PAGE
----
Did my student know what he was saying?  Well, yes and no.  He in some sense knew not to apply ‘knows’ to all cases in which the subject was very confident, although he’d have denied knowing this.  He had the ability to apply ‘knows’ correctly.  But, to mimic a passage from your paper, he thought that by “Henry knows that…” he meant the very same proposition as that expressed by “Henry’s very confident that…”, when, in fact, he meant some quite different proposition.  Happens all the time.  In some important sense, we don’t always know what we mean, though we mean it nonetheless.

So, in response to your wrap-up of section IV —

But that error theory has no plausibility: speakers would know what they were saying if knowledge sentences were indexical in the way the Contextualist requires.  (p. 18)

— I’d say, regarding the material following the colon, “Well, yes and no.”  If Contextualism were correct, they’d apply ‘knows’ differently in different contexts: Saying subjects know in relatively easy contexts when they’d have described those same subjects as not knowing if they (the speakers) had been in tougher contexts.  They’d be sensitive to this variation in content in how they applied ‘knows’.  But that’s fine: This expectation of Contextualism is pretty well met.  What ordinary speakers are happy to call knowledge in easier contexts, they will deny is knowledge in tougher contexts.  But I’d deny the claim that if Contextualism were correct, then ordinary speakers would, if asked, say that they mean something different by ‘knows’ in different contexts.  I don’t see why their failure to do that would be any more damning than is my student’s failure to realize (before the examples) that he meant two very different things by ‘knows’ and ‘is very confident’.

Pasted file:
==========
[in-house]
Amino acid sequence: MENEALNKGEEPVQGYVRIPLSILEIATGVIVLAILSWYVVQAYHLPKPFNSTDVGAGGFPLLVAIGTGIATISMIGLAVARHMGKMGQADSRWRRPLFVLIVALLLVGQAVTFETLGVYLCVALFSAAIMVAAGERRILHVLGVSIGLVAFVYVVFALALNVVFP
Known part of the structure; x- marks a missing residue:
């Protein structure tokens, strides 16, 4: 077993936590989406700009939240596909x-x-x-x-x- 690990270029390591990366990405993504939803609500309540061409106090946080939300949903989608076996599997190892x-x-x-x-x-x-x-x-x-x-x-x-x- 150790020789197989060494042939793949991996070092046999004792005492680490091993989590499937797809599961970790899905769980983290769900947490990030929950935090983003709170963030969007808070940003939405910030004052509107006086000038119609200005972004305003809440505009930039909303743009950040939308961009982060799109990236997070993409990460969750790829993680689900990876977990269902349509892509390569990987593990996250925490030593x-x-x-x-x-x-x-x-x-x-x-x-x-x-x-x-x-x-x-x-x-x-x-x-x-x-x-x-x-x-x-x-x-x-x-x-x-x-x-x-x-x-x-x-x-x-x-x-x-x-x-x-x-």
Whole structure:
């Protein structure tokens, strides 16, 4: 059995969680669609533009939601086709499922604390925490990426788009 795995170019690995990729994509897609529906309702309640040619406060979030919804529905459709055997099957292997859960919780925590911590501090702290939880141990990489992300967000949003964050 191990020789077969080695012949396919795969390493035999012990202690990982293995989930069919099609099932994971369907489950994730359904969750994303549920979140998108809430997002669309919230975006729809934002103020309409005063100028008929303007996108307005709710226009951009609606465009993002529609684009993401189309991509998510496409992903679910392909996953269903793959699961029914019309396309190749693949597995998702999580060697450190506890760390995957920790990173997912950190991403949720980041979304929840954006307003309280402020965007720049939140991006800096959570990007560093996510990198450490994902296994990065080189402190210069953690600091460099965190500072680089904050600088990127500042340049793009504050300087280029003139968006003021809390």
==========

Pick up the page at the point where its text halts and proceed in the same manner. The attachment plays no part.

And I’d deny the claim that if Contextualism were correct, then if speakers were asked what they meant by saying that someone knew, they’d respond by saying that they had meant that the person knew according to such-and-such a standard.  But more on that below.